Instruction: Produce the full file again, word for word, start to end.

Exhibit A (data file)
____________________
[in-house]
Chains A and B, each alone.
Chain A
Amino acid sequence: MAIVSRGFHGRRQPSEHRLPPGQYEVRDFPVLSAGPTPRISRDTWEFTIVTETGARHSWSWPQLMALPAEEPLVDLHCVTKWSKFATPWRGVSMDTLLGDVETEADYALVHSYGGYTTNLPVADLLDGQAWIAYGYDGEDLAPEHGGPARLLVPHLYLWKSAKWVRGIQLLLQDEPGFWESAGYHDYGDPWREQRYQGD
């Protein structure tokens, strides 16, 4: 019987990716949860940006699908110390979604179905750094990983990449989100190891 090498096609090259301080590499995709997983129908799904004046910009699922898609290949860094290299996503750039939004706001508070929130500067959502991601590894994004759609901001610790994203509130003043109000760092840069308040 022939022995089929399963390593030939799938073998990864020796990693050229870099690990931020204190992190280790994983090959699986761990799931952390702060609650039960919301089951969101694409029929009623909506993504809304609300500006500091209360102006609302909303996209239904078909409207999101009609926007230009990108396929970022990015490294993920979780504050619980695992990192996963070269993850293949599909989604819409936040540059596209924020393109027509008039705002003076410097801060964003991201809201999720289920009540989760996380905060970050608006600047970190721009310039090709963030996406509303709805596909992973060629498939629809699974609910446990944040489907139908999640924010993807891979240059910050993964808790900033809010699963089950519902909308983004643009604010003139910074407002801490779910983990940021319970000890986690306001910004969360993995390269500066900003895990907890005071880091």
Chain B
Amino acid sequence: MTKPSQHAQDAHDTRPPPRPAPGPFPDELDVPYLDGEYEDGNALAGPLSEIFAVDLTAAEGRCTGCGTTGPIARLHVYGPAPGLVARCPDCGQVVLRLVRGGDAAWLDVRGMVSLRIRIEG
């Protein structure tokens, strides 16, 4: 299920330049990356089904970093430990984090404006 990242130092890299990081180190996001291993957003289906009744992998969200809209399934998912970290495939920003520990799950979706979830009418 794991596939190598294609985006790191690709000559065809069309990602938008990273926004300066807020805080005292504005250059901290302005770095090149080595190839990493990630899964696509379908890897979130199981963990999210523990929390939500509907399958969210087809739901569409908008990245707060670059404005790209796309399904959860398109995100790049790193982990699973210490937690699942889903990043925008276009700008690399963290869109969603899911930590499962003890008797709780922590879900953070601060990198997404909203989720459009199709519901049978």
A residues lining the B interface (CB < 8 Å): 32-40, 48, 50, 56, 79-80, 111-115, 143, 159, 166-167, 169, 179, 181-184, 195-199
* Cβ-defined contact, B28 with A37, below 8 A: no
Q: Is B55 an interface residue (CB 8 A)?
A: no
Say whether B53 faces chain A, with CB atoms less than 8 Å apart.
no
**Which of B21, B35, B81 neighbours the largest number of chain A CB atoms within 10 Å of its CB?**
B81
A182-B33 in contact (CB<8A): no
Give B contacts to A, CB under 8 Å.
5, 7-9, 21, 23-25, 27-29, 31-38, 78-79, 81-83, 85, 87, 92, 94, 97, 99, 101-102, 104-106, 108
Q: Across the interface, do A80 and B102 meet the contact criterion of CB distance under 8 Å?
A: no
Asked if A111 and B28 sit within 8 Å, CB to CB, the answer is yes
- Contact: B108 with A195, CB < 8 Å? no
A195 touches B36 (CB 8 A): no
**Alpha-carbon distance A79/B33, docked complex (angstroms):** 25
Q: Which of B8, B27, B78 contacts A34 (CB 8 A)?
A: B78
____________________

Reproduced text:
[in-house]
Chains A and B, each alone.
Chain A
Amino acid sequence: MAIVSRGFHGRRQPSEHRLPPGQYEVRDFPVLSAGPTPRISRDTWEFTIVTETGARHSWSWPQLMALPAEEPLVDLHCVTKWSKFATPWRGVSMDTLLGDVETEADYALVHSYGGYTTNLPVADLLDGQAWIAYGYDGEDLAPEHGGPARLLVPHLYLWKSAKWVRGIQLLLQDEPGFWESAGYHDYGDPWREQRYQGD
């Protein structure tokens, strides 16, 4: 019987990716949860940006699908110390979604179905750094990983990449989100190891 090498096609090259301080590499995709997983129908799904004046910009699922898609290949860094290299996503750039939004706001508070929130500067959502991601590894994004759609901001610790994203509130003043109000760092840069308040 022939022995089929399963390593030939799938073998990864020796990693050229870099690990931020204190992190280790994983090959699986761990799931952390702060609650039960919301089951969101694409029929009623909506993504809304609300500006500091209360102006609302909303996209239904078909409207999101009609926007230009990108396929970022990015490294993920979780504050619980695992990192996963070269993850293949599909989604819409936040540059596209924020393109027509008039705002003076410097801060964003991201809201999720289920009540989760996380905060970050608006600047970190721009310039090709963030996406509303709805596909992973060629498939629809699974609910446990944040489907139908999640924010993807891979240059910050993964808790900033809010699963089950519902909308983004643009604010003139910074407002801490779910983990940021319970000890986690306001910004969360993995390269500066900003895990907890005071880091």
Chain B
Amino acid sequence: MTKPSQHAQDAHDTRPPPRPAPGPFPDELDVPYLDGEYEDGNALAGPLSEIFAVDLTAAEGRCTGCGTTGPIARLHVYGPAPGLVARCPDCGQVVLRLVRGGDAAWLDVRGMVSLRIRIEG
């Protein structure tokens, strides 16, 4: 299920330049990356089904970093430990984090404006 990242130092890299990081180190996001291993957003289906009744992998969200809209399934998912970290495939920003520990799950979706979830009418 794991596939190598294609985006790191690709000559065809069309990602938008990273926004300066807020805080005292504005250059901290302005770095090149080595190839990493990630899964696509379908890897979130199981963990999210523990929390939500509907399958969210087809739901569409908008990245707060670059404005790209796309399904959860398109995100790049790193982990699973210490937690699942889903990043925008276009700008690399963290869109969603899911930590499962003890008797709780922590879900953070601060990198997404909203989720459009199709519901049978």
A residues lining the B interface (CB < 8 Å): 32-40, 48, 50, 56, 79-80, 111-115, 143, 159, 166-167, 169, 179, 181-184, 195-199
* Cβ-defined contact, B28 with A37, below 8 A: no
Q: Is B55 an interface residue (CB 8 A)?
A: no
Say whether B53 faces chain A, with CB atoms less than 8 Å apart.
no
**Which of B21, B35, B81 neighbours the largest number of chain A CB atoms within 10 Å of its CB?**
B81
A182-B33 in contact (CB<8A): no
Give B contacts to A, CB under 8 Å.
5, 7-9, 21, 23-25, 27-29, 31-38, 78-79, 81-83, 85, 87, 92, 94, 97, 99, 101-102, 104-106, 108
Q: Across the interface, do A80 and B102 meet the contact criterion of CB distance under 8 Å?
A: no
Asked if A111 and B28 sit within 8 Å, CB to CB, the answer is yes
- Contact: B108 with A195, CB < 8 Å? no
A195 touches B36 (CB 8 A): no
**Alpha-carbon distance A79/B33, docked complex (angstroms):** 25
Q: Which of B8, B27, B78 contacts A34 (CB 8 A)?
A: B78